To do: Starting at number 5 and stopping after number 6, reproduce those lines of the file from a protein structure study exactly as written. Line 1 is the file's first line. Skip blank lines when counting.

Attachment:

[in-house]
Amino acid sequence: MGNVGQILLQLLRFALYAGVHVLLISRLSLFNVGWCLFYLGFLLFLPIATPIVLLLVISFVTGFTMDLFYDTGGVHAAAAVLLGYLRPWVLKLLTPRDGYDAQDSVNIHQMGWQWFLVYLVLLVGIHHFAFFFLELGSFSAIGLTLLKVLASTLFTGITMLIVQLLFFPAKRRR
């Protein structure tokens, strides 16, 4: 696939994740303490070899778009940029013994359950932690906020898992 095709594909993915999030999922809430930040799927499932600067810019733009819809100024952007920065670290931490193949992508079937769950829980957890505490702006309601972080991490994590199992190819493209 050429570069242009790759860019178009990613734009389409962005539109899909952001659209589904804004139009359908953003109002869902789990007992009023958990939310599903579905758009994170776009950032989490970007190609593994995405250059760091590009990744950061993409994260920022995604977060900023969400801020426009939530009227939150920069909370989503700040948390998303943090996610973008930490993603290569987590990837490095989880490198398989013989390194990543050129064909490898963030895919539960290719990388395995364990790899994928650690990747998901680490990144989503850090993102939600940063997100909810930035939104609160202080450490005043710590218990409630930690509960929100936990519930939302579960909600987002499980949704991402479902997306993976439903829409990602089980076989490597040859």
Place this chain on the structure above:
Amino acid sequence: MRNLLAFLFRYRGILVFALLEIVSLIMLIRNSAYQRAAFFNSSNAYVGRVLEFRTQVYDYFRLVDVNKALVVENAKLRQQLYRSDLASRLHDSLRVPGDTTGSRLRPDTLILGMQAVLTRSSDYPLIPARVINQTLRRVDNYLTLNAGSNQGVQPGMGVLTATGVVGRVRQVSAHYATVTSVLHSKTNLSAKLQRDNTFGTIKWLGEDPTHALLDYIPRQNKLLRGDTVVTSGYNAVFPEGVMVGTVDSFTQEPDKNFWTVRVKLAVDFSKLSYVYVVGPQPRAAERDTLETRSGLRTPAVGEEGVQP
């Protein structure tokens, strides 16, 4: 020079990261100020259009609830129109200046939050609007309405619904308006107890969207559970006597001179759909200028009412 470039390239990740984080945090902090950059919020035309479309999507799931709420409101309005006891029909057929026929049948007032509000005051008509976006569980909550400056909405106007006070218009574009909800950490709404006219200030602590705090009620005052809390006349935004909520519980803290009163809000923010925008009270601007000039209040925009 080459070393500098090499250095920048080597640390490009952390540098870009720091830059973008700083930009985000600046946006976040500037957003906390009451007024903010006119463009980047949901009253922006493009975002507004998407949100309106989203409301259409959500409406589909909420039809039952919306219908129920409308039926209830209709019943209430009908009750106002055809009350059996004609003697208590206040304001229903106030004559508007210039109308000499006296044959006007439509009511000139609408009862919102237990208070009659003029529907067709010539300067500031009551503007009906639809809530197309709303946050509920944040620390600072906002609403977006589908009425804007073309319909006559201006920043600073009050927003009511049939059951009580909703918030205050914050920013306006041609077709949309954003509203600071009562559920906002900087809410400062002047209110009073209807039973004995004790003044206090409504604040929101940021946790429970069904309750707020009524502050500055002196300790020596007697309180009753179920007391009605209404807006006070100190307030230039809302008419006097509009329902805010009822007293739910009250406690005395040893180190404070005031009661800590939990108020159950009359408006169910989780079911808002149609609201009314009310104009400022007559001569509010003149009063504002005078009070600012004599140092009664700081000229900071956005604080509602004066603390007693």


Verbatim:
Amino acid sequence: MRNLLAFLFRYRGILVFALLEIVSLIMLIRNSAYQRAAFFNSSNAYVGRVLEFRTQVYDYFRLVDVNKALVVENAKLRQQLYRSDLASRLHDSLRVPGDTTGSRLRPDTLILGMQAVLTRSSDYPLIPARVINQTLRRVDNYLTLNAGSNQGVQPGMGVLTATGVVGRVRQVSAHYATVTSVLHSKTNLSAKLQRDNTFGTIKWLGEDPTHALLDYIPRQNKLLRGDTVVTSGYNAVFPEGVMVGTVDSFTQEPDKNFWTVRVKLAVDFSKLSYVYVVGPQPRAAERDTLETRSGLRTPAVGEEGVQP
């Protein structure tokens, strides 16, 4: 020079990261100020259009609830129109200046939050609007309405619904308006107890969207559970006597001179759909200028009412 470039390239990740984080945090902090950059919020035309479309999507799931709420409101309005006891029909057929026929049948007032509000005051008509976006569980909550400056909405106007006070218009574009909800950490709404006219200030602590705090009620005052809390006349935004909520519980803290009163809000923010925008009270601007000039209040925009 080459070393500098090499250095920048080597640390490009952390540098870009720091830059973008700083930009985000600046946006976040500037957003906390009451007024903010006119463009980047949901009253922006493009975002507004998407949100309106989203409301259409959500409406589909909420039809039952919306219908129920409308039926209830209709019943209430009908009750106002055809009350059996004609003697208590206040304001229903106030004559508007210039109308000499006296044959006007439509009511000139609408009862919102237990208070009659003029529907067709010539300067500031009551503007009906639809809530197309709303946050509920944040620390600072906002609403977006589908009425804007073309319909006559201006920043600073009050927003009511049939059951009580909703918030205050914050920013306006041609077709949309954003509203600071009562559920906002900087809410400062002047209110009073209807039973004995004790003044206090409504604040929101940021946790429970069904309750707020009524502050500055002196300790020596007697309180009753179920007391009605209404807006006070100190307030230039809302008419006097509009329902805010009822007293739910009250406690005395040893180190404070005031009661800590939990108020159950009359408006169910989780079911808002149609609201009314009310104009400022007559001569509010003149009063504002005078009070600012004599140092009664700081000229900071956005604080509602004066603390007693």